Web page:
The shoulder consists of a ball and socket joint, which forms at the head of the humerus, also known as the arm bone, and the glenoid labrum, the socket of the scapula’s shoulder joint. This construction makes the shoulder joint incredibly mobile, allowing the arm to move in most directions. However, this freedom of mobility also makes the shoulder rather unstable.
The rotator cuff muscles more or less control the shoulder joint’s stability. It consists of four muscles, known as the teres minor, subscapularis, infraspinatus and supraspinatus. These muscles reside around the shoulder joint, helping move the joint and provide stability.
However, this doesn’t mean these muscles aren’t prone to pain. Along with the shoulder joint itself, the rotator cuff muscles are a common source of shoulder pain.
Shoulder pain affects people on a regular basis. It originates from a wide variety of conditions, some of which don’t even originate in the shoulder at all. In this article, we’re going to review statistics about shoulder pain and learn about risk factors that make people more prone to shoulder pain.
About Your Shoulder Pain ~ Statistics about Shoulder Pain
Shoulder pain isn’t a new occurrence at all. Other orthopedic statistics from 2006 told much of the same story. Those statistics revealed that as much as 7.5 million people had gone to an orthopedic doctor’s office for some type of shoulder problem, including sprains and strains of the upper arm and shoulder. As much as 4.1 million of these orthopedic visits were for rotator cuff problems alone.
There’s a reason why shoulder pain is prevalent in people. Shoulder pain often originates from shoulder injuries. Shoulder injuries are often caused by strenuous activities like sports. People who participate in various sports often make excessive, repetitive and, sometime, overhead motions that place a lot of stress and pressure on the shoulder joint and its surrounding muscles and soft tissues.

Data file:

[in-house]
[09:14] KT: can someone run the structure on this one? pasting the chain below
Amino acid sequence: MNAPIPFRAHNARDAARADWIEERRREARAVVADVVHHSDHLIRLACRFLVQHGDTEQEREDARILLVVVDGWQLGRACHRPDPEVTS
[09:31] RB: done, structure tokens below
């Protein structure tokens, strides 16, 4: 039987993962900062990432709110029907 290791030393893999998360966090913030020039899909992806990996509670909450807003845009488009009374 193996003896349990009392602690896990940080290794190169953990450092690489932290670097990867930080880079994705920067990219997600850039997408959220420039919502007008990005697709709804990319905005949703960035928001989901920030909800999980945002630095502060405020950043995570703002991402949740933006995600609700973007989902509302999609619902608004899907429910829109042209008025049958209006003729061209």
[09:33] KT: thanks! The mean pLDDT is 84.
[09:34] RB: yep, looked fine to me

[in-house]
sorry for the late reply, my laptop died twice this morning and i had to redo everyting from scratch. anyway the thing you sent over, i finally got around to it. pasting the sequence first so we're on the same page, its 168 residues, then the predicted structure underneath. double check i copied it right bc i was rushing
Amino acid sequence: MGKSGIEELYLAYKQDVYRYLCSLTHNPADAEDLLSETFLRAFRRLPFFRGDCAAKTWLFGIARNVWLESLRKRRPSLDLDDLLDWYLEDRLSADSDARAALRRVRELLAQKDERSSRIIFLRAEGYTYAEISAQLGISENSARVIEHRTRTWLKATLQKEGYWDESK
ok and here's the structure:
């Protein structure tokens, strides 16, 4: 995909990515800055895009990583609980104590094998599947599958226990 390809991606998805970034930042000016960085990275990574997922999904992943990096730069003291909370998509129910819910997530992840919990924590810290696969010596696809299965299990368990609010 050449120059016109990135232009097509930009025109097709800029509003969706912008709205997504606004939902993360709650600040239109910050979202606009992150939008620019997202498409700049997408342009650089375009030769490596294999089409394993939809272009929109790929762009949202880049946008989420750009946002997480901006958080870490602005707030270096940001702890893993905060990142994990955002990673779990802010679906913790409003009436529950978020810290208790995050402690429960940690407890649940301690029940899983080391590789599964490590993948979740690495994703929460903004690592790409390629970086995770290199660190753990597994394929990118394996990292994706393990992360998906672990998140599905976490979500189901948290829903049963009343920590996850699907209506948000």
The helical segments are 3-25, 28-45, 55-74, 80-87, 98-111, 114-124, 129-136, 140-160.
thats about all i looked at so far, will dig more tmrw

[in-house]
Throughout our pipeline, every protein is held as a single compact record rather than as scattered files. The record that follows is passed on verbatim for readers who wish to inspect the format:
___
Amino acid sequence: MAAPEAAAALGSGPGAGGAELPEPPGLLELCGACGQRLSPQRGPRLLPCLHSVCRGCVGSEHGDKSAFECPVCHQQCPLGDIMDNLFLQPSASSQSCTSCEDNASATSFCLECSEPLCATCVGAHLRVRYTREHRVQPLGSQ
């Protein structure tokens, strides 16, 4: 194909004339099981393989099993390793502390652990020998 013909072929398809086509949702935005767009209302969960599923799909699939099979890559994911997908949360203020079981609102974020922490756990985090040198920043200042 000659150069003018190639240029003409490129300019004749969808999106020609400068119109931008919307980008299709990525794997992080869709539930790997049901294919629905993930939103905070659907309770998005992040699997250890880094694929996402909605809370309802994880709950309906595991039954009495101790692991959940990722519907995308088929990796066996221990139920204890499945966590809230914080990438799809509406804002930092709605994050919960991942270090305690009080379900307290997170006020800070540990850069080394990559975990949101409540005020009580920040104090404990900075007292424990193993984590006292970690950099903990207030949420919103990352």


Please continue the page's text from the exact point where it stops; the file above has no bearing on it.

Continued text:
People usually know they have some kind of shoulder pain if they feel stiffness, soreness or tenderness within their shoulder. The mobility of their shoulder also becomes impaired. A lot of people also lose strength in their shoulder, which makes it difficult for them to lift or move around their arm.
Shoulder injuries also happen from regular wear and tear. Aging often makes shoulder problems grow worse. The older population often experiences shoulder problems.
Rotator cuff injuries are probably the most common shoulder injury in older people. Statistics show that as much as 25 percent of people over age 50 have some sort of rotator cuff issue.
Shoulder problems affect men, women and children of any race and ethnic background. However, there are some risk factors that do make some people more prone to developing shoulder pain.
The risk factors of shoulder pain often include rotator cuff tendinitis or tears, frozen shoulder (adhesive capsulitis), rheumatoid arthritis, severe infections (septic arthritis), heart attacks and some cancers, such as lung cancer.